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Liquor System Revenue Calculator


State lawmakers are debating whether to sell, or privatize, the state’s liquor store system. What might that mean for you and other Pennsylvanians? In fiscal year 2009-10, the current state-run liquor store system provided $397 million in total benefits to the Commonwealth (excluding state and local sales taxes), which funded programs that serve you and your neighbors. By adjusting variables associated with this proposal, the McCord Treasury’s Liquor System Revenue Calculator lets you see for yourself how much revenue the state would need to receive from one-time sale proceeds, alcohol sales and taxes in order to equal what the current system generates.
Step 1:
Decide how much of the proceeds from a one-time sale of the state liquor control system the Commonwealth would retain for investing.
Explain this
Sale Proceeds
Step 2:
Decide what rate of return those invested funds could earn.
Explain this
Interest Rate
That investment would generate this annual revenue.
Interest Income
Step 3:
Assume future annual sales volumes, expressed as a percentage of sales in FY 2009-10.
Explain this
Future Sales as % of Current Sales Explain this
Future Sales (gallons) Wine
Liquor
Total
Step 4:
Determine tax rates to impose on each gallon of wine and liquor sold (excludes sales tax). Explain this
Gallonage Tax Wine
Liquor
Ratio
Those tax rates would generate this annual revenue from alcohol sales. These results assume that sales taxes would remain relatively constant under a privatized system. Some privatization proposals call for altering the sales tax structure
Revenue From Gallonage Tax Wine
Liquor
Total
Calculator Revenue:
Based on the factors you entered, the Commonwealth would generate this amount of total annual revenue. This amount includes gallonage tax revenues and interest earned from the invested proceeds of a one-time sale.
 
Current Revenue of Existing State-Run System:
Explain this
 
Difference:
How does your total compare to the $397 million the Commonwealth receives under the existing state-run system?
 
close help Some reports estimate that the sale of Pennsylvania’s liquor system may generate anywhere from $500 million to $2 billion. Treasury has not placed a value on the system, nor does it endorse any of the estimates that have been published. The Calculator allows you to decide how much money from sale proceeds the Commonwealth could retain for long-term investments to generate annual revenues (as opposed to being spent by the state to pay current expenses).
close help The default annual rate of return is set at 4%, a reasonable assumption in today’s financial environment for a highly safe investment that is expected to provide reliable income to the Commonwealth each year. The Calculator allows you to change this default rate depending upon how conservative – or optimistic – you believe the initial assumption to be. The Calculator does not calculate compounded earnings, assuming that any gains realized will be spent annually by the Commonwealth rather than reinvested over the long-term.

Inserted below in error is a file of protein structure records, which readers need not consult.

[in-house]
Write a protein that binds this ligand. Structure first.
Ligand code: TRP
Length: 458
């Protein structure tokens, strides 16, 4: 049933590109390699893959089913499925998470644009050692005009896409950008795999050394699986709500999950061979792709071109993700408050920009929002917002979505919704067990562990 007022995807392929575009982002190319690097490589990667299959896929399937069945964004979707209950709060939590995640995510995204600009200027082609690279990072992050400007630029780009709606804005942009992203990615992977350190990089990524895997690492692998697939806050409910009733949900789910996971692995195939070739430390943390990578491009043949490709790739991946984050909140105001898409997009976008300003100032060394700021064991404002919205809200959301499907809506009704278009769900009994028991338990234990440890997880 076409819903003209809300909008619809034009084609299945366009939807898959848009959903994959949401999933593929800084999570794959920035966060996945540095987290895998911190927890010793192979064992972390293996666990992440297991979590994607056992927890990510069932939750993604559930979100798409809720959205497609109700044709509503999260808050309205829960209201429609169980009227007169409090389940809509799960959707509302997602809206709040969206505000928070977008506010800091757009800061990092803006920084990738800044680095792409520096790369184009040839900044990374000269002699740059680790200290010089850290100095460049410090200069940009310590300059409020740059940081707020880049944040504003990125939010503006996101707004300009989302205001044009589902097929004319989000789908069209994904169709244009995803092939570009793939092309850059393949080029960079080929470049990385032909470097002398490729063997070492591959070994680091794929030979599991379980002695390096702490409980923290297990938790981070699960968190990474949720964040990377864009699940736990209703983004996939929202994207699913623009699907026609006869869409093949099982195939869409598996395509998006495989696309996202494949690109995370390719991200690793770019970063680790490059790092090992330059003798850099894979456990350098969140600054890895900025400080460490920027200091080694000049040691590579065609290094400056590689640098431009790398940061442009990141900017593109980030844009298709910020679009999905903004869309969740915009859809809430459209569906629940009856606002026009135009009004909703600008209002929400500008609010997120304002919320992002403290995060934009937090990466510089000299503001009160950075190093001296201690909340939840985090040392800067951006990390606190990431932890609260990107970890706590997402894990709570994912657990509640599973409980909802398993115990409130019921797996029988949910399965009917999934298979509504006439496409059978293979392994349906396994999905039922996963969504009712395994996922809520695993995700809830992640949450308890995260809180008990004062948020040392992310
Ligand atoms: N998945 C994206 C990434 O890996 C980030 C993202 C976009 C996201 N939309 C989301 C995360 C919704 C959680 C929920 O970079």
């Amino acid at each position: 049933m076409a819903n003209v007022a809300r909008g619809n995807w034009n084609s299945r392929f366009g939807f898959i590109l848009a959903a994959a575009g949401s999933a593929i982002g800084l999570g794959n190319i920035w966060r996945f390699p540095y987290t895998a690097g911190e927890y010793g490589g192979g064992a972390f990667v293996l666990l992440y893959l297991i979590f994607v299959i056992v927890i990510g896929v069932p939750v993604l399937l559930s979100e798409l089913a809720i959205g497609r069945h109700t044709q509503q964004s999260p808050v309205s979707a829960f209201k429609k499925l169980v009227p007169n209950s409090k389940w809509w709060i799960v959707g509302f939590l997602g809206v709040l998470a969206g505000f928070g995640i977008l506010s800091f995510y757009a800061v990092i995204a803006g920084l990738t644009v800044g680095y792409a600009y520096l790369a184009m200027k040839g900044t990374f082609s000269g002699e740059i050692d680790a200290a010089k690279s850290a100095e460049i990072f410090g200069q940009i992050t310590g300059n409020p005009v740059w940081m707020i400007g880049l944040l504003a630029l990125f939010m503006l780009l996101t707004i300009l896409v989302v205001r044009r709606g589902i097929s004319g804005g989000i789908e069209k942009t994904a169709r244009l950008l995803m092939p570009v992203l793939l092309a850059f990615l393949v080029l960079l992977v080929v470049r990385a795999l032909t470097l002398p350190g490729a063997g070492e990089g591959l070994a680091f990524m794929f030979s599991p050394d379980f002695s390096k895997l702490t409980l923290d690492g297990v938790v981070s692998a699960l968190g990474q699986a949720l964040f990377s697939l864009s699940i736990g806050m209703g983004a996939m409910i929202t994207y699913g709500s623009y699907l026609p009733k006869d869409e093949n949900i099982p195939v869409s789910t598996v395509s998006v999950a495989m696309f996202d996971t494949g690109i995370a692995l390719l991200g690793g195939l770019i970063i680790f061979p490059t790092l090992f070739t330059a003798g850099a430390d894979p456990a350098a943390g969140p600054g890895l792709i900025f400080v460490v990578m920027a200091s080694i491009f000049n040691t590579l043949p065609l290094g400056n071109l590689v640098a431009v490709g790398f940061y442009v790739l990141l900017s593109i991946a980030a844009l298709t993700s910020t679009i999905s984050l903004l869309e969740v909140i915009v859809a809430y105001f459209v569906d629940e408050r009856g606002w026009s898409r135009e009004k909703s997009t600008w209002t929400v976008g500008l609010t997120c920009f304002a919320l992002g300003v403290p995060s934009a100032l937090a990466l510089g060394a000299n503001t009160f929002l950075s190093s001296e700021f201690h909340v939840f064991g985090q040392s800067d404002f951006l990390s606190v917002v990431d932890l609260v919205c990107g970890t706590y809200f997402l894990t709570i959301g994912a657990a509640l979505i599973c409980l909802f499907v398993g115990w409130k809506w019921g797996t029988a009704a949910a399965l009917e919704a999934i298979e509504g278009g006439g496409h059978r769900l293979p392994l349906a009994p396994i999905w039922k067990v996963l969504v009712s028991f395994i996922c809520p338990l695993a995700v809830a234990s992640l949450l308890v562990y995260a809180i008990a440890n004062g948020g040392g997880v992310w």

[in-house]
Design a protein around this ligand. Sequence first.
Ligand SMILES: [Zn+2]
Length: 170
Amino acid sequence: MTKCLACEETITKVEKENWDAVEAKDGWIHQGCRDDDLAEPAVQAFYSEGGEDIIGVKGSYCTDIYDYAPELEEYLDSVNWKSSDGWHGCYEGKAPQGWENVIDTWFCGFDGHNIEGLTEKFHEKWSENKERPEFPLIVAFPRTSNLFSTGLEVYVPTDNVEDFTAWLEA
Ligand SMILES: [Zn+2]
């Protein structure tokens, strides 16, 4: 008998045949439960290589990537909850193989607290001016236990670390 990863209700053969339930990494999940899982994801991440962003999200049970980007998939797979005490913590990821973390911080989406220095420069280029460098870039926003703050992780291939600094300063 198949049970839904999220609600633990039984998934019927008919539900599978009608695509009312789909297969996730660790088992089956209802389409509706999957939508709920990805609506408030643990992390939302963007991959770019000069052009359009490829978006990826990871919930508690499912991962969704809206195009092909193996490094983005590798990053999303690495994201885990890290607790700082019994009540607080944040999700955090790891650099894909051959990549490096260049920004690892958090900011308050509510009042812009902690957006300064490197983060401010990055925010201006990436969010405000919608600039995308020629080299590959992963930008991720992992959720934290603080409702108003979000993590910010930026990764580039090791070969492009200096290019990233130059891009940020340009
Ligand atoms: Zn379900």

close help The Calculator’s default values represent approximate purchases, in gallons, for FY 2009-10 because the Pennsylvania Liquor Control Board reports in terms of units of alcohol – not volumes – sold. As a result, the Calculator’s default values were based on a conversion from actual units sold to volumetric sales.
close help The Calculator enables you to adjust future sales as a percentage of the default figures, while maintaining the wine to liquor sales ratio.
Based upon the ratio of FY 2009-10 revenue to alcohol sales volumes, the Commonwealth currently imposes an effective per gallon tax rate of $11 (assuming the same rate is charged for wine and liquor). The Calculator's default tax rate of $9.12 per gallon maintains revenue neutrality (in light of the other default assumptions) with the amount that the state-run system generated in FY 2009-10. The Calculator allows you to adjust the per gallonage rate separately for wine and liquor.

While Pennsylvania does not assess a gallonage tax under the current state liquor system, it does impose an 18% state liquor tax on sales price (aka the Johnstown Flood Tax), which is the equivalent of a $7.51 per gallon tax. The table at right compares that tax rate to what is imposed in neighboring states.
  close help 
Alcohol Tax Rates
  Spirits Tax(Per Gallon) Wine Tax(Per Gallon)
Washington D.C $1.50 $0.30
Delaware $5.46 $0.97
Maryland $1.50 $0.40
New Jersey $5.50 $0.88
New York $6.44 $0.30
Ohio $3.00 $0.32
PA* $7.51 $7.51
West Virginia ** $1.98 $1.00
Neighboring states average $3.63 $0.60
*Estimated equivalent per gallon tax rate to equal 18% tax on both wine and spirits. Does not include transfer of profits or operation transfers
**Estimated equivalent per gallon rate of 5% tax rate on liquor. West Virginia has a gallonage tax on wine
Sources: Tax Foundation, PA Treasury
close help The Calculator’s default is set at $397 million, the total benefit Pennsylvania realized from the transfer of liquor taxes and Pennsylvania Liquor Control Board profits to the Treasury, as well as from operational transfers to other state agencies, in Fiscal Year 2009-10. This figure does not include some nominal transfers to other state agencies, or regular state and local sales taxes collected on wine and liquor purchases that generated another $112 million.
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